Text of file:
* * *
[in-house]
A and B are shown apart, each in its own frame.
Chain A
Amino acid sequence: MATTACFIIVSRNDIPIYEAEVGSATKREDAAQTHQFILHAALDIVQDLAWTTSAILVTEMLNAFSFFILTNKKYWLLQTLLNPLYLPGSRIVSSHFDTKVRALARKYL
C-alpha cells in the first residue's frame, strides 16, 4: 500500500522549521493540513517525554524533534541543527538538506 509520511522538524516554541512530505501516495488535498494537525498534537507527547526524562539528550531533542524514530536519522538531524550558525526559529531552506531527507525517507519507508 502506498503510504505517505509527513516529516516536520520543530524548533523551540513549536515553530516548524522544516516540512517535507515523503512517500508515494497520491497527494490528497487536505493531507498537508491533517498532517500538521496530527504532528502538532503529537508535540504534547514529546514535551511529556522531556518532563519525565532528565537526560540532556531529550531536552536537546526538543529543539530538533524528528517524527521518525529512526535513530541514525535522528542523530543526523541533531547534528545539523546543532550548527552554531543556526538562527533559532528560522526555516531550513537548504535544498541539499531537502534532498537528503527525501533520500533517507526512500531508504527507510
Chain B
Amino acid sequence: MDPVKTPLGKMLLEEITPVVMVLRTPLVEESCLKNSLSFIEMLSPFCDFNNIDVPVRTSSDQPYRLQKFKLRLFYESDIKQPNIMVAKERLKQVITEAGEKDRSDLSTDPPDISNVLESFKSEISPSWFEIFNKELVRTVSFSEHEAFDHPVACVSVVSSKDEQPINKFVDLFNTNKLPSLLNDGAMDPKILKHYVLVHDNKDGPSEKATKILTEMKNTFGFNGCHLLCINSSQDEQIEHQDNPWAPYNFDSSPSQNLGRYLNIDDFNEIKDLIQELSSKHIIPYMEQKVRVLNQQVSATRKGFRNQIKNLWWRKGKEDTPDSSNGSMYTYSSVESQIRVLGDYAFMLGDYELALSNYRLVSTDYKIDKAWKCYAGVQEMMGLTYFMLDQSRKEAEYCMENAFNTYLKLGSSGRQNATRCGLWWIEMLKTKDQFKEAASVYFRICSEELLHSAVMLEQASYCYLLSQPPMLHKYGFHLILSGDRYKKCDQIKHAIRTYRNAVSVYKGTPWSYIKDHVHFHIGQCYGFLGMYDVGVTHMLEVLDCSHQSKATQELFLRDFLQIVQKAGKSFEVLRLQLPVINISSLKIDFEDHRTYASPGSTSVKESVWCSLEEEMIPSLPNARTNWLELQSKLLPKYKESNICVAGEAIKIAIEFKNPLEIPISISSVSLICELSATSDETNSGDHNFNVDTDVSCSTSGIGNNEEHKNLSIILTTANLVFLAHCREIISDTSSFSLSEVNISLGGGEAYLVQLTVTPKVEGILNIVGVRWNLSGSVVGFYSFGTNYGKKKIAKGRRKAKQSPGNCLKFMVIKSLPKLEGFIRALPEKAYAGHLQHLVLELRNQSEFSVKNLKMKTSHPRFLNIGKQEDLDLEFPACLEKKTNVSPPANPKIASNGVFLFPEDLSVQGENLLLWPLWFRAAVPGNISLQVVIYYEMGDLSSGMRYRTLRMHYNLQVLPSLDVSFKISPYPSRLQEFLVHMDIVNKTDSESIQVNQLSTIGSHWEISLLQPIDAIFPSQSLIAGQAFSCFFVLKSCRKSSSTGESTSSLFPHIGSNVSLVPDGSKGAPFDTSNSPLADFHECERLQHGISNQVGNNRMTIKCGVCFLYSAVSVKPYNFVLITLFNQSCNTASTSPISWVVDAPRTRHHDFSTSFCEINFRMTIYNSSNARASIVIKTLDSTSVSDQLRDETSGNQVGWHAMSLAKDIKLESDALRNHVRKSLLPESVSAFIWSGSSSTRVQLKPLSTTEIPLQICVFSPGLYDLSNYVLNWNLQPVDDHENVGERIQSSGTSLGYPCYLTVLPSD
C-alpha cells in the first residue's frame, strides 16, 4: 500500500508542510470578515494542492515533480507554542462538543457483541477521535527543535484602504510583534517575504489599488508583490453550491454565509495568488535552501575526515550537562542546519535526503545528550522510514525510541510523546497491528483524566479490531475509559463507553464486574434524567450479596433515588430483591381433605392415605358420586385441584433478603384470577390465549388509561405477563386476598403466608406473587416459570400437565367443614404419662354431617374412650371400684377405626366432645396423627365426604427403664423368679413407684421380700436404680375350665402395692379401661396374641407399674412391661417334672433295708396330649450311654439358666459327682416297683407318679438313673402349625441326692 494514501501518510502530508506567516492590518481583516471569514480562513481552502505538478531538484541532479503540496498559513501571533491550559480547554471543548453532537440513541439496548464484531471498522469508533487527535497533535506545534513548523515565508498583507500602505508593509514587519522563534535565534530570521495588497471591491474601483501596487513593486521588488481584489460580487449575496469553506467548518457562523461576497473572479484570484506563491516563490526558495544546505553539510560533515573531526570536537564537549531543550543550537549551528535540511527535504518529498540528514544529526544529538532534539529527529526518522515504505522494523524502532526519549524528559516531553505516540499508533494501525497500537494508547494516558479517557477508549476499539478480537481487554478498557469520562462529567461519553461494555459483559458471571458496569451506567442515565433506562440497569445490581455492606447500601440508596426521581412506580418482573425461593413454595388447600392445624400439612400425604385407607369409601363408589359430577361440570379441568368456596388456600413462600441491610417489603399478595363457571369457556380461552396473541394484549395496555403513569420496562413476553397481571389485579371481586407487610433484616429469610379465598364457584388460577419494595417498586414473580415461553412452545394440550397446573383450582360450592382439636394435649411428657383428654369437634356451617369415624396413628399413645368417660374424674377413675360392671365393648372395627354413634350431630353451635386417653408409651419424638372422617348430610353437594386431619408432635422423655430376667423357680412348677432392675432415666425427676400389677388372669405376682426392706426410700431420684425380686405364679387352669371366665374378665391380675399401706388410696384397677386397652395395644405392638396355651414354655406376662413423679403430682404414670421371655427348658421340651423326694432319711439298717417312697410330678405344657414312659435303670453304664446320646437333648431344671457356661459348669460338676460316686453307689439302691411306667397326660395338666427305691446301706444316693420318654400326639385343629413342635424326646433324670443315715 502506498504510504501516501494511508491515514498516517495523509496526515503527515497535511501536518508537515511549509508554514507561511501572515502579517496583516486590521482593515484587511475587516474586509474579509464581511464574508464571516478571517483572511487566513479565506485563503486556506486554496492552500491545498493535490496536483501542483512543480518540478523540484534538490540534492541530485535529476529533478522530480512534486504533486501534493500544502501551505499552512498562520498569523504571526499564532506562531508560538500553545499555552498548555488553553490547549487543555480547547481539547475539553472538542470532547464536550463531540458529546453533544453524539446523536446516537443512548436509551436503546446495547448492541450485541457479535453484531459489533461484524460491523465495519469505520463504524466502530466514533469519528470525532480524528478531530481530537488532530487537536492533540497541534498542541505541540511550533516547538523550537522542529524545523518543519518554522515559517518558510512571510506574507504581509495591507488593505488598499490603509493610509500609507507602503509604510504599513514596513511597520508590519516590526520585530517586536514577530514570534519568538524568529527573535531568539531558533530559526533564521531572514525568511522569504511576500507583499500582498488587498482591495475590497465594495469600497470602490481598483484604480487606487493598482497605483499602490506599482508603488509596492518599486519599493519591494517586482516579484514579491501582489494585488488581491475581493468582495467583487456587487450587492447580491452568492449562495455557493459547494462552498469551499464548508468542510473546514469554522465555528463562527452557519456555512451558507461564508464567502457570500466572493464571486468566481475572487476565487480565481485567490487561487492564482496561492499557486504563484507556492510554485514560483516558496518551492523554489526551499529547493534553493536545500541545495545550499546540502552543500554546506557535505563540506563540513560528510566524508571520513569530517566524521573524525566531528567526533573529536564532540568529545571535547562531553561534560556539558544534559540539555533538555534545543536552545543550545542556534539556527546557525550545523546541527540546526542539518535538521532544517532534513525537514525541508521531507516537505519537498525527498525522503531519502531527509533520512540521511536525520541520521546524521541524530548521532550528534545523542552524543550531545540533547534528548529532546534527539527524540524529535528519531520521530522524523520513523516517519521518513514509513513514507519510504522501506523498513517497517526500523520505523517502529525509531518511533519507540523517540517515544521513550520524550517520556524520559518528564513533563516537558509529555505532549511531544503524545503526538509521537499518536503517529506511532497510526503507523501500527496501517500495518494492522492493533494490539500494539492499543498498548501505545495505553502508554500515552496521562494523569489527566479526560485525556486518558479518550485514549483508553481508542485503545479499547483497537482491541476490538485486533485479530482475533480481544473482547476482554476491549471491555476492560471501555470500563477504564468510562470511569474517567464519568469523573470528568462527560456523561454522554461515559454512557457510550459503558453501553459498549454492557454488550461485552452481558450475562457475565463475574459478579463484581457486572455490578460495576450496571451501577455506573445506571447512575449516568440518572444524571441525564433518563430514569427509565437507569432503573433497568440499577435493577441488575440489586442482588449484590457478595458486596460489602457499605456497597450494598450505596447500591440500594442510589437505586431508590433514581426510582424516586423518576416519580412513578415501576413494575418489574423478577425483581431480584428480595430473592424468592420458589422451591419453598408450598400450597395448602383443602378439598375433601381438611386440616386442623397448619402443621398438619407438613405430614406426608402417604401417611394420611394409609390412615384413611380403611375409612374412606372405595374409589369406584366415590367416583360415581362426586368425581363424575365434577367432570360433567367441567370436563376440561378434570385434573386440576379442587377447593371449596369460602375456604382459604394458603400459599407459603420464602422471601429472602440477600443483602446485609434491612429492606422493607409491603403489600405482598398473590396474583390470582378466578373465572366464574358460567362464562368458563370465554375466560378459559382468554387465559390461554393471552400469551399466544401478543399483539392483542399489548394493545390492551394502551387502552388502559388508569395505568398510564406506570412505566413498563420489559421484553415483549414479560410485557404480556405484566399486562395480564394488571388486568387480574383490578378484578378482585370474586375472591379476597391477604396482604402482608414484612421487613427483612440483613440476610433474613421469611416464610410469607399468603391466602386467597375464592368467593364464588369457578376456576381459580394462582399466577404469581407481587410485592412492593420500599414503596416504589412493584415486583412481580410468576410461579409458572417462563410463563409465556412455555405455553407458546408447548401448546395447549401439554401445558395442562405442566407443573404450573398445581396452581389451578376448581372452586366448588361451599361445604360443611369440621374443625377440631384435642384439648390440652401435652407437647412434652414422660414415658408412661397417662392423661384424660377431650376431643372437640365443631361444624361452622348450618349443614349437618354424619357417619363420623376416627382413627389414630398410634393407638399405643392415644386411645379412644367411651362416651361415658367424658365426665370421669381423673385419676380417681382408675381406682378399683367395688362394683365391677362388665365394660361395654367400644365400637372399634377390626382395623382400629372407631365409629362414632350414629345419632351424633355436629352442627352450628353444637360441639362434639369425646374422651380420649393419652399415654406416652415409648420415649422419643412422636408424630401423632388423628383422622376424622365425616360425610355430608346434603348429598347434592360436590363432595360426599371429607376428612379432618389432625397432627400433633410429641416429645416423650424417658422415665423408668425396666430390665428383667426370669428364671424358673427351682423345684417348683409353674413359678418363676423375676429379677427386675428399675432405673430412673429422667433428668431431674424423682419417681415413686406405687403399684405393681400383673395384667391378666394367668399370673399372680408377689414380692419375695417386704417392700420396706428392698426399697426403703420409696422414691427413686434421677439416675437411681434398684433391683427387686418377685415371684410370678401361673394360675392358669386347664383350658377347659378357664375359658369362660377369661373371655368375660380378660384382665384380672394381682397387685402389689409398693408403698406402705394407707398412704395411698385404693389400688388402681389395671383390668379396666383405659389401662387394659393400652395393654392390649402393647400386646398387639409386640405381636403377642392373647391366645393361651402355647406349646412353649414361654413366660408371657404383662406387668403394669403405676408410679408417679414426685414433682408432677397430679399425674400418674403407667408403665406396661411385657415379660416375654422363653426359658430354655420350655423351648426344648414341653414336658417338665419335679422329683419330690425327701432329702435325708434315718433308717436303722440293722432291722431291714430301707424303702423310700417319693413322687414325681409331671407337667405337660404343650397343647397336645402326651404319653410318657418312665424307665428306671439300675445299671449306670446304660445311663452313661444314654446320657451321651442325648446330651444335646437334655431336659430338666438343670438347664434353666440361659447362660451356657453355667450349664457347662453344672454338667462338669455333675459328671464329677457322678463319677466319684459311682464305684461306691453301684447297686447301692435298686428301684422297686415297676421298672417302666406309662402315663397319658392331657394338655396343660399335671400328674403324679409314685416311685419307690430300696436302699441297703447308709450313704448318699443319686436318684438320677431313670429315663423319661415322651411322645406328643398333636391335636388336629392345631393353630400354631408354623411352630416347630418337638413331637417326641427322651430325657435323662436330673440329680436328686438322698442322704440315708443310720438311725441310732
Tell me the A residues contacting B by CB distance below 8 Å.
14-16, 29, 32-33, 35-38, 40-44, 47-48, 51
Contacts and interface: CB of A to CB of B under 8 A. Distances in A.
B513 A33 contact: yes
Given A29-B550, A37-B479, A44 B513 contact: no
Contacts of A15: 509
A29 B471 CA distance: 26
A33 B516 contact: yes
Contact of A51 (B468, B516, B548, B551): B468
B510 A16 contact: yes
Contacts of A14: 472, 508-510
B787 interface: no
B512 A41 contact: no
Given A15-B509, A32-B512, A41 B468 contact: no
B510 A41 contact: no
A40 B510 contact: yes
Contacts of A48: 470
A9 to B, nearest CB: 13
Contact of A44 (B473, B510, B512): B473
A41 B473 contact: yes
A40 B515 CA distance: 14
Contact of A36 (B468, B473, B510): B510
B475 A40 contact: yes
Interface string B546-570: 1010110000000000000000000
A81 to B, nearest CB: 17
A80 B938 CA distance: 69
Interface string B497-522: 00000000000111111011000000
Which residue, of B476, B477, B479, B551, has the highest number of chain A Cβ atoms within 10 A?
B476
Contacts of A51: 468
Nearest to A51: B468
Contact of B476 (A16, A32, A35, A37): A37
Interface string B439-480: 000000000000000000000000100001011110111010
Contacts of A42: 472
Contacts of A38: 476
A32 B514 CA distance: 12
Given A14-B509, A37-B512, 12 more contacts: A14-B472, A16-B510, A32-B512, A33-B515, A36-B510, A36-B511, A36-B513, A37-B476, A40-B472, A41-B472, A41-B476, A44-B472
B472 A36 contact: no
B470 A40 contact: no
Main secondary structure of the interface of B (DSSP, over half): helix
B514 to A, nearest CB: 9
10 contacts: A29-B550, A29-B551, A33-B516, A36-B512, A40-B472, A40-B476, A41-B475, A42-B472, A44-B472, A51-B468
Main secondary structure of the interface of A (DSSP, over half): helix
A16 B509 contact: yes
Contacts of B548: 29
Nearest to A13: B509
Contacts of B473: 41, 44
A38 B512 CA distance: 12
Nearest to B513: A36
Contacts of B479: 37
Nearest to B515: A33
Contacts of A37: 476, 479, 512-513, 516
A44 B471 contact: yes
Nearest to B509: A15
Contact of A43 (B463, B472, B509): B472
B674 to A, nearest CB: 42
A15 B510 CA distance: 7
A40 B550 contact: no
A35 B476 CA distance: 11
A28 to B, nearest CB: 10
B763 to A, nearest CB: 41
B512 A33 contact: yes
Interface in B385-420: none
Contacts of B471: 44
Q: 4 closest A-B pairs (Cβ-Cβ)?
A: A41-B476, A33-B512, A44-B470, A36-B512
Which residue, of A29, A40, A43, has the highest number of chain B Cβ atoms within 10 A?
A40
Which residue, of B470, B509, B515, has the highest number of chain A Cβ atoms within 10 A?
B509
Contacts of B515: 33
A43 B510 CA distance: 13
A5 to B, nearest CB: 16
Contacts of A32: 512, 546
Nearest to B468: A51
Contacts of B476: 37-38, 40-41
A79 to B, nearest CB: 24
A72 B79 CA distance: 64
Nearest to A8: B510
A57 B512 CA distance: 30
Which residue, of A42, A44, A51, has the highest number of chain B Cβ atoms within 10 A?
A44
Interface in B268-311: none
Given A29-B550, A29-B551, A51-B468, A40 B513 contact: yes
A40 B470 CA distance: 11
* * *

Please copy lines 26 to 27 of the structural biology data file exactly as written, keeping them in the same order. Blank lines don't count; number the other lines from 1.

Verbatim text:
A9 to B, nearest CB: 13
Contact of A44 (B473, B510, B512): B473